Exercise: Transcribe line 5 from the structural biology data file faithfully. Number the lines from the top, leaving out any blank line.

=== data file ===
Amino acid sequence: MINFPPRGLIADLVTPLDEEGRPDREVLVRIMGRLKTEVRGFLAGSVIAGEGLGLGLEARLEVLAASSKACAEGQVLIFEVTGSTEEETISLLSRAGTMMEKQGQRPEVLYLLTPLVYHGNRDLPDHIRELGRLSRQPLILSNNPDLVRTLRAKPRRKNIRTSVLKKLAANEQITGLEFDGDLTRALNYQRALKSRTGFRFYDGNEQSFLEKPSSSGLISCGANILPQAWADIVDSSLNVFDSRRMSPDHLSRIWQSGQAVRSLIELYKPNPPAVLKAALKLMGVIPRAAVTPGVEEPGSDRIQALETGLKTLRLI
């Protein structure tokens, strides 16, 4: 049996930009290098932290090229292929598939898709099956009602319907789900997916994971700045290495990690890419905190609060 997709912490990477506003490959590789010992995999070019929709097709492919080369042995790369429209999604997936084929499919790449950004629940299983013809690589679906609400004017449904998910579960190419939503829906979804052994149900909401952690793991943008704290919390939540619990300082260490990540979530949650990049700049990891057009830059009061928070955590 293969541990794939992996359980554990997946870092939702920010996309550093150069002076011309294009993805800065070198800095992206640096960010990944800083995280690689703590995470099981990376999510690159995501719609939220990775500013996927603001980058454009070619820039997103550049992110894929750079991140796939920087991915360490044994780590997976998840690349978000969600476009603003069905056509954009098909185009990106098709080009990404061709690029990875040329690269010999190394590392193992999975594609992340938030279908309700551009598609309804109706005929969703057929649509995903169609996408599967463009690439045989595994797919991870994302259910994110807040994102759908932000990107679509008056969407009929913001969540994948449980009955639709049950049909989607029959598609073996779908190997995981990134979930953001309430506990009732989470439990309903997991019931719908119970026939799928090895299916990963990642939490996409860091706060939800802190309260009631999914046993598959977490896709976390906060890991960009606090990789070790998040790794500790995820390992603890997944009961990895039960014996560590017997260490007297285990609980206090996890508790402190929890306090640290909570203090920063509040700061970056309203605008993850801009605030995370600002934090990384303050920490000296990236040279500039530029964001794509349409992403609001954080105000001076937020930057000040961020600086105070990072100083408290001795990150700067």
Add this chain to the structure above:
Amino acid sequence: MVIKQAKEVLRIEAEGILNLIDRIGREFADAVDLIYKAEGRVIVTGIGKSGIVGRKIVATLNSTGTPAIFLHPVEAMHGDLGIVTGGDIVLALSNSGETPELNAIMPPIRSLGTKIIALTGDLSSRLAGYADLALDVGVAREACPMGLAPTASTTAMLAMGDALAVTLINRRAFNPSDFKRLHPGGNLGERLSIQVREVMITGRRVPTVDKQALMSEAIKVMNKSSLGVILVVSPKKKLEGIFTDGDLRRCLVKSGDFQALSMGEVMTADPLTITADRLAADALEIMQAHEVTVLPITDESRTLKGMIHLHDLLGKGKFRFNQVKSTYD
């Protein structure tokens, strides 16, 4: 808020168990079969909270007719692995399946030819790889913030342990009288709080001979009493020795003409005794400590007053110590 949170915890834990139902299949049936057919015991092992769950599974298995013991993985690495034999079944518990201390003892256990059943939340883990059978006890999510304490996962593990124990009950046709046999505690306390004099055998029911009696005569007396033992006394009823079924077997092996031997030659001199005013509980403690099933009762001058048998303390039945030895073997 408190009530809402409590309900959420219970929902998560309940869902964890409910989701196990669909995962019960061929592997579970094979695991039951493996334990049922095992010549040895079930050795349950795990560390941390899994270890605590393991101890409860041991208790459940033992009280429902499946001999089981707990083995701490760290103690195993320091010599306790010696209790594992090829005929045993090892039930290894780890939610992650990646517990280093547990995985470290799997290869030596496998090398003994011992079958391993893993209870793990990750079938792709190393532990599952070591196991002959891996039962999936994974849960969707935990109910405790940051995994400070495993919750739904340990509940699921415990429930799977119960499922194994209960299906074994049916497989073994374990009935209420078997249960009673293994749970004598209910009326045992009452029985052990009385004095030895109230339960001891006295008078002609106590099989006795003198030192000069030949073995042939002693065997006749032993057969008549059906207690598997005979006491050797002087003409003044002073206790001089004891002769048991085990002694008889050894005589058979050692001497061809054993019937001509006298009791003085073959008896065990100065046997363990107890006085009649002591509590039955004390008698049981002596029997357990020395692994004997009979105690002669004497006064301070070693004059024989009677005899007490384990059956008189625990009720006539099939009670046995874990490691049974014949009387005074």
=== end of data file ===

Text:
């Protein structure tokens, strides 16, 4: 808020168990079969909270007719692995399946030819790889913030342990009288709080001979009493020795003409005794400590007053110590 949170915890834990139902299949049936057919015991092992769950599974298995013991993985690495034999079944518990201390003892256990059943939340883990059978006890999510304490996962593990124990009950046709046999505690306390004099055998029911009696005569007396033992006394009823079924077997092996031997030659001199005013509980403690099933009762001058048998303390039945030895073997 408190009530809402409590309900959420219970929902998560309940869902964890409910989701196990669909995962019960061929592997579970094979695991039951493996334990049922095992010549040895079930050795349950795990560390941390899994270890605590393991101890409860041991208790459940033992009280429902499946001999089981707990083995701490760290103690195993320091010599306790010696209790594992090829005929045993090892039930290894780890939610992650990646517990280093547990995985470290799997290869030596496998090398003994011992079958391993893993209870793990990750079938792709190393532990599952070591196991002959891996039962999936994974849960969707935990109910405790940051995994400070495993919750739904340990509940699921415990429930799977119960499922194994209960299906074994049916497989073994374990009935209420078997249960009673293994749970004598209910009326045992009452029985052990009385004095030895109230339960001891006295008078002609106590099989006795003198030192000069030949073995042939002693065997006749032993057969008549059906207690598997005979006491050797002087003409003044002073206790001089004891002769048991085990002694008889050894005589058979050692001497061809054993019937001509006298009791003085073959008896065990100065046997363990107890006085009649002591509590039955004390008698049981002596029997357990020395692994004997009979105690002669004497006064301070070693004059024989009677005899007490384990059956008189625990009720006539099939009670046995874990490691049974014949009387005074």